The Raf and the Battle of Britain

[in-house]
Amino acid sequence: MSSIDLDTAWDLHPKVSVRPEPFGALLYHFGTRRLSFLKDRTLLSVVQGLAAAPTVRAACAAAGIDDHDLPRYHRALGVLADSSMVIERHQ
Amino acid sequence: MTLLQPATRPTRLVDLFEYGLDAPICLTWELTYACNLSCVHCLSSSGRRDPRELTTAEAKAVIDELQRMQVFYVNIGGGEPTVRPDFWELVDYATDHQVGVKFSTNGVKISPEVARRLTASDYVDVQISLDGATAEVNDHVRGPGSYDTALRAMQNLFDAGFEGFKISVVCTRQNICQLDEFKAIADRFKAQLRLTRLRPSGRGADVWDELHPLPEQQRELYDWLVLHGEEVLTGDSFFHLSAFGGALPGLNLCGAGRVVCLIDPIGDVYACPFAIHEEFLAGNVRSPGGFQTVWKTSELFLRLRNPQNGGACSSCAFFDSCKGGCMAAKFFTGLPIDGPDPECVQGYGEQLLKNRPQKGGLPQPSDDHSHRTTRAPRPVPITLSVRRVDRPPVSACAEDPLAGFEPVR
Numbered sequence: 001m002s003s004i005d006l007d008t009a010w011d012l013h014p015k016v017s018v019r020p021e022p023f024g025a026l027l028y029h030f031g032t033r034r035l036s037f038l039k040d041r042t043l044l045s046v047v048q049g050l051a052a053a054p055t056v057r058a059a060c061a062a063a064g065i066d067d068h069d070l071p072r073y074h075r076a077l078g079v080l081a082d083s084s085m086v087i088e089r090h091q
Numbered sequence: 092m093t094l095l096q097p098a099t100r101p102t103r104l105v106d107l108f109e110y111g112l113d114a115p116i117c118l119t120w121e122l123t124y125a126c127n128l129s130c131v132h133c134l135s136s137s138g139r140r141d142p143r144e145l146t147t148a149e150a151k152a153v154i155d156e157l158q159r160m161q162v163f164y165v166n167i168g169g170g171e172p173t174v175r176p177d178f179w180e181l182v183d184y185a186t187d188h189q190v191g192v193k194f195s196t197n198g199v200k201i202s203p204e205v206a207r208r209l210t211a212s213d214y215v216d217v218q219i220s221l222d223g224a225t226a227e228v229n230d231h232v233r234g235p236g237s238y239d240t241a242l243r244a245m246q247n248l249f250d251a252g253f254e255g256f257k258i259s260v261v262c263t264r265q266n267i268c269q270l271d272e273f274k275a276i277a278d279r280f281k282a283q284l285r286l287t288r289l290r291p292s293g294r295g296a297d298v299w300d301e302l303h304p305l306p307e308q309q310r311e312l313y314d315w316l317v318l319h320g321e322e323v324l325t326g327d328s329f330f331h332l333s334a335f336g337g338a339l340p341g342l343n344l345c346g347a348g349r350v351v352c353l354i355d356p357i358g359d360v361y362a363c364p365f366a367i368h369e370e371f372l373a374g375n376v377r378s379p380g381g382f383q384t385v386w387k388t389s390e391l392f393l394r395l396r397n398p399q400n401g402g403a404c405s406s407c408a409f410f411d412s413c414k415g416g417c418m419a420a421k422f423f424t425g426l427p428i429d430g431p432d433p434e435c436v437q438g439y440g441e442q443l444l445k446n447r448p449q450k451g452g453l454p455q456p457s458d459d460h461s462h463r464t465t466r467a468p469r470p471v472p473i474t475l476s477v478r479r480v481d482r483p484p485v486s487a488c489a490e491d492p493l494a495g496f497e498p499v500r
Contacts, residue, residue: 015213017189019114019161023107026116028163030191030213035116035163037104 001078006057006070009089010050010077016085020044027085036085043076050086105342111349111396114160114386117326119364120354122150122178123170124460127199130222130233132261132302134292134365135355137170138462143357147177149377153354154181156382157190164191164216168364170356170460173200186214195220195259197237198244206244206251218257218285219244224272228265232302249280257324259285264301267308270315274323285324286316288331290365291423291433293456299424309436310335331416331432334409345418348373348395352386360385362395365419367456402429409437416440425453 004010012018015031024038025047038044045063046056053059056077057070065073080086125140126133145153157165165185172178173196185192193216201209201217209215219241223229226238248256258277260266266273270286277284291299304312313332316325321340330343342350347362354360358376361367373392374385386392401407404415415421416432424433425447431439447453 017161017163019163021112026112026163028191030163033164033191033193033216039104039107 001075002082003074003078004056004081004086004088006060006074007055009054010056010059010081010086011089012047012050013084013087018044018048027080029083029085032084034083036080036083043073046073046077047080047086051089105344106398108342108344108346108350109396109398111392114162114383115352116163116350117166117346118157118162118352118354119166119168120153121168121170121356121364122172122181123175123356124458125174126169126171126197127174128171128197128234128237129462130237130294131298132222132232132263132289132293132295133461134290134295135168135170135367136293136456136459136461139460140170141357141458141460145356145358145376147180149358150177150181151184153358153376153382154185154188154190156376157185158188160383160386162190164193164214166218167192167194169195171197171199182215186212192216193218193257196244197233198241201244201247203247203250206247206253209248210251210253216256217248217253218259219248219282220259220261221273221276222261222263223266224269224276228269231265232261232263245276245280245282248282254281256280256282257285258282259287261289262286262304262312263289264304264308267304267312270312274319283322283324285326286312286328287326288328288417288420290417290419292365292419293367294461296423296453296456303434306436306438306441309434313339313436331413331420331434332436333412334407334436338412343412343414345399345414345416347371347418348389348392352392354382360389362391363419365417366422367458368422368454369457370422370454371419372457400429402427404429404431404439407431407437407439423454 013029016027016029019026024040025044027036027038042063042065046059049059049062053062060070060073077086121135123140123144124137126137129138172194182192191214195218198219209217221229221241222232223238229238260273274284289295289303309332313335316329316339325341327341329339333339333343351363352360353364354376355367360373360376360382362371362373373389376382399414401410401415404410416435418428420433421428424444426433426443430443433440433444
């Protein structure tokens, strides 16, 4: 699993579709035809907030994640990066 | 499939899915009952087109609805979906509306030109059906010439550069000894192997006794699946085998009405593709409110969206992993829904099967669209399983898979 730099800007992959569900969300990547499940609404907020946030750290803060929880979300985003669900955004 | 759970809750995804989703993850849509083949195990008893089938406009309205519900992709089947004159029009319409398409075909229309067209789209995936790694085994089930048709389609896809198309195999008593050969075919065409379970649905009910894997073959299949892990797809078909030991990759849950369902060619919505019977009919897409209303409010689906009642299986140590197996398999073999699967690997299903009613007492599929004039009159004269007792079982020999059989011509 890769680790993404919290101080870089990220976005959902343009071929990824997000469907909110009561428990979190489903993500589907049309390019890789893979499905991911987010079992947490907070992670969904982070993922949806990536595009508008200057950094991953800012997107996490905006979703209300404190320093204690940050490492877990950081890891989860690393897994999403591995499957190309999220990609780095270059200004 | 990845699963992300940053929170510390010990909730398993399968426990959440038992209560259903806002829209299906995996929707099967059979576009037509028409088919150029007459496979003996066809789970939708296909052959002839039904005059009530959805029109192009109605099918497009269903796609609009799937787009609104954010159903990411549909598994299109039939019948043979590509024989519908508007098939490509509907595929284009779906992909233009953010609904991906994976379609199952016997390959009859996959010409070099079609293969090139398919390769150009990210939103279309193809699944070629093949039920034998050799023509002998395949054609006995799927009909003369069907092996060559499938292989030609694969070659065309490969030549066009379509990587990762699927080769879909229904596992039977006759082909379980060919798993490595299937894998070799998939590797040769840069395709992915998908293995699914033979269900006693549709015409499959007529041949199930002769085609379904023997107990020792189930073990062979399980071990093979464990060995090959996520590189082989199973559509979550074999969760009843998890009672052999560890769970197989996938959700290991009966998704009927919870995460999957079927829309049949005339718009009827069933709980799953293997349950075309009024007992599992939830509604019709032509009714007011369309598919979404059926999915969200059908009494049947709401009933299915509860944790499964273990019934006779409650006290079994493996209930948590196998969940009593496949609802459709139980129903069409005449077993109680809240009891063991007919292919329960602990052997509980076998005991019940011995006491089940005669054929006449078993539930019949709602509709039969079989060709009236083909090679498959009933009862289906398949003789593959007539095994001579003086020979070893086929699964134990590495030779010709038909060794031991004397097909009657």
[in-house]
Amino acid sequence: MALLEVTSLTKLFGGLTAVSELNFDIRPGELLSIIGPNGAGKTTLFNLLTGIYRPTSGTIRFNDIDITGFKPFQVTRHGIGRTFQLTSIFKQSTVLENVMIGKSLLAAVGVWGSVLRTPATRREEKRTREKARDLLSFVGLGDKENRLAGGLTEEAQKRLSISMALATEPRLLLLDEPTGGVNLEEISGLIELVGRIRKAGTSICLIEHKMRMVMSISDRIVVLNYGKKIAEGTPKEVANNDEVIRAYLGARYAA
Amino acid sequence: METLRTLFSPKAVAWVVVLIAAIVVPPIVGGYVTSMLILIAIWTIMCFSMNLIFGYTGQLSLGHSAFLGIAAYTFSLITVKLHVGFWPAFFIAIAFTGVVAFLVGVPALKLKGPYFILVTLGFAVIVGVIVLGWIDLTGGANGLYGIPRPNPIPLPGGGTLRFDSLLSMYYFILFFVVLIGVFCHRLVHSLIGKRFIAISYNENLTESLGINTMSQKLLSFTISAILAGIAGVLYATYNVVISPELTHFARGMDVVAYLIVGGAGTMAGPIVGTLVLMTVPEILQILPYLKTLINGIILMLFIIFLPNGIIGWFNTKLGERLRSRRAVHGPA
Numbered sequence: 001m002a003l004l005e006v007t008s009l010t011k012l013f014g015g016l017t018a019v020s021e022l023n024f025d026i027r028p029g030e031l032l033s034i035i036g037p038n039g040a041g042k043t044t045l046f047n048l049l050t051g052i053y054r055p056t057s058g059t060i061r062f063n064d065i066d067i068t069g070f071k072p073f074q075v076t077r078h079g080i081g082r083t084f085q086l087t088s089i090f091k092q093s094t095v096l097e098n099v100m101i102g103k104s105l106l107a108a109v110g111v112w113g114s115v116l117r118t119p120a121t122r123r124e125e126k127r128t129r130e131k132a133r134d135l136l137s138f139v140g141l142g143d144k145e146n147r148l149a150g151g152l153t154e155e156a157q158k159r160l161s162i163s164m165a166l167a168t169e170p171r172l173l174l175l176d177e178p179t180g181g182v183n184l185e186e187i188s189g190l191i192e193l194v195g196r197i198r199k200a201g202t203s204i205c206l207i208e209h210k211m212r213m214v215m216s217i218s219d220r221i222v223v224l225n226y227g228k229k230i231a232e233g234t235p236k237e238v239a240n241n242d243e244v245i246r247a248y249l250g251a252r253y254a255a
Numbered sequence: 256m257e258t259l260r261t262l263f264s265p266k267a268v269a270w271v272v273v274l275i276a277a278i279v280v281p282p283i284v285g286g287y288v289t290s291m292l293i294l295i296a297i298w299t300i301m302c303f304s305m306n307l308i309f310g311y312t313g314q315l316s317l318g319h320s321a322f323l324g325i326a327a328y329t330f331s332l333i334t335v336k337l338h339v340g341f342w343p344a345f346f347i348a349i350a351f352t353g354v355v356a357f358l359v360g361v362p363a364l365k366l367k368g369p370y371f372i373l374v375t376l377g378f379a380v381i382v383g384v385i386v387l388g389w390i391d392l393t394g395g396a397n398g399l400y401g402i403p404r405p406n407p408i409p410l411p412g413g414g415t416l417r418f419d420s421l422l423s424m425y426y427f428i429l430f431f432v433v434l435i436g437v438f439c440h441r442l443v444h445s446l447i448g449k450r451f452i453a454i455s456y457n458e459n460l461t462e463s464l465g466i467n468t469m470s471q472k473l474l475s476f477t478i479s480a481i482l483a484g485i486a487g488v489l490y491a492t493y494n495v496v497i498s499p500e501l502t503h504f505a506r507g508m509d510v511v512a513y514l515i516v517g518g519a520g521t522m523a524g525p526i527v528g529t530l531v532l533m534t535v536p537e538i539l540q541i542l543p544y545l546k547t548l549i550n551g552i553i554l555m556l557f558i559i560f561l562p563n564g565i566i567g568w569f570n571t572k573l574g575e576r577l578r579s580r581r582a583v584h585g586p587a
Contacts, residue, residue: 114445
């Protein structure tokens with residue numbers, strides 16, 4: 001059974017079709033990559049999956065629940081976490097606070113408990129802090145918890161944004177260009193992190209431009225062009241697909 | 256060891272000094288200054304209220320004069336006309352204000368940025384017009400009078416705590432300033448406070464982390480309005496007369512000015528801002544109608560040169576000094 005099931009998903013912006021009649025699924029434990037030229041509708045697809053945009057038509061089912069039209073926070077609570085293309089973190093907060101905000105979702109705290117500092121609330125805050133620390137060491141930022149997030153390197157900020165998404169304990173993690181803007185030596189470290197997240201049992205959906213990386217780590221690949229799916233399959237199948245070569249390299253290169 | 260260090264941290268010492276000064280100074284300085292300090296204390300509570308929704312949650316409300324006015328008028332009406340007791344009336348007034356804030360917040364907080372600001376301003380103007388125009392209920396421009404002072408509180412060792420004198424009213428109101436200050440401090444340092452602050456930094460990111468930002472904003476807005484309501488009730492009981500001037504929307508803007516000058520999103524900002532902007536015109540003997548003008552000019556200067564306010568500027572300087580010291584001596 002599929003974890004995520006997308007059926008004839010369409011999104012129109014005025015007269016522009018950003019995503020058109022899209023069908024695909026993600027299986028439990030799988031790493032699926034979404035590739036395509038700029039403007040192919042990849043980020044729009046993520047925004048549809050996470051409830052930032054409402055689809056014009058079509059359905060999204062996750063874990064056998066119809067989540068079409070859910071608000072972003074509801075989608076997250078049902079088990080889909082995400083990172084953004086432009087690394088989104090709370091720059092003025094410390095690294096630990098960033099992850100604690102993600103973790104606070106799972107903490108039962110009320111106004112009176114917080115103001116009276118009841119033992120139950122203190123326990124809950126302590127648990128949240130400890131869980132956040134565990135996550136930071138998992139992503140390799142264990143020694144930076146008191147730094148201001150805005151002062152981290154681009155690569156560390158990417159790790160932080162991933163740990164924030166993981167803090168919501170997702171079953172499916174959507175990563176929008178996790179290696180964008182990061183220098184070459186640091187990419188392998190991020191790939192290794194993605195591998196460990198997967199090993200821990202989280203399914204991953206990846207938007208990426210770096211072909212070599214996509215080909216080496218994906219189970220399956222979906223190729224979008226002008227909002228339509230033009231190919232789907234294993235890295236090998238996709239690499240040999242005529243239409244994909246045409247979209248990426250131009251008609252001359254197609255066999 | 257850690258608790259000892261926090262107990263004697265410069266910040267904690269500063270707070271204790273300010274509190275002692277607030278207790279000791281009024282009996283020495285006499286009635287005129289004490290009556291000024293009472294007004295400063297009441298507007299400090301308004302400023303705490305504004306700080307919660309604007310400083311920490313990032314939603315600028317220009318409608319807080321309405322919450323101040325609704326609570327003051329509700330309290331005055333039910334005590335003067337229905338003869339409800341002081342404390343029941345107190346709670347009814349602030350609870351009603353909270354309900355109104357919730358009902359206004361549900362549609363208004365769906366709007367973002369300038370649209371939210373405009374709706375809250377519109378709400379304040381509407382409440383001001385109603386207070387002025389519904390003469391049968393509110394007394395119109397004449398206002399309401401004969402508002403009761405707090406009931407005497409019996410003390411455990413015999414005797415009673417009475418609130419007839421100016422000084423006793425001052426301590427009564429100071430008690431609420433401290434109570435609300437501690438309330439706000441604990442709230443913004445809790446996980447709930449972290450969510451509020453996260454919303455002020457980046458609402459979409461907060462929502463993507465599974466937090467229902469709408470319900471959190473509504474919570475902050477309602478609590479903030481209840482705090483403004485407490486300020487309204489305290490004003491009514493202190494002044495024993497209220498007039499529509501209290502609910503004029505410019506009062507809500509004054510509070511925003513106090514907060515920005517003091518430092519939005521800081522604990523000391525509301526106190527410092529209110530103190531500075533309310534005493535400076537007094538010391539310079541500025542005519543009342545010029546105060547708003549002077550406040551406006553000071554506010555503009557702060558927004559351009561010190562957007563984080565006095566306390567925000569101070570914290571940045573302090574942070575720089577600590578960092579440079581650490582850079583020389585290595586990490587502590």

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Advanced Higher History Dissertation How important was the RAF victory in the Battle of Britain in preventing a German invasion in 1940? “Since England, despite of her hopeless military situation, shows no signs of being ready to come to an understanding, I have decided to prepare a landing operation against England, and, if necessary, to carry it out. The aim of this operation will be to eliminate the English homeland as a base for the prosecution of the war against Germany and, if necessary, to occupy it completely.” The Führer and Supreme Commander of the Armed Forces Directive 16 16 Jul 1940 Contents Introduction 3 The Battle of Britain 4 The RAF Victory 8 The Invasion of Britain? 13 Other Factors 14 Conclusion 17 Bibliography 18 Introduction Britain’s victory in ‘The Battle of Britain’ is arguably the most decisive incident of the Second World War. Our victory could be claimed to have prevented an invasion of Britain in the summer or autumn of 1940 and the subsequent defeat of the Western allies, also it was the first time Hitler’s mighty Luftwaffe had been defeated. This dissertation will examine the strength of the Royal Air Force and explain how vital ‘the few’ were to Britain’s wartime survival. It will judge the validity of the Revisionist argument that Britain’s home defences and navy were strong enough by September 1940 to have precluded the real possibility of a German invasion; historians Peter Fleming and Stephen Bungay believe such an operation would have most likely resulted in a disaster for the Germans. The Home Guard had been set up by September 1940 and radar technology secured our advantage over Germany’s air force and Navy. The massive strength
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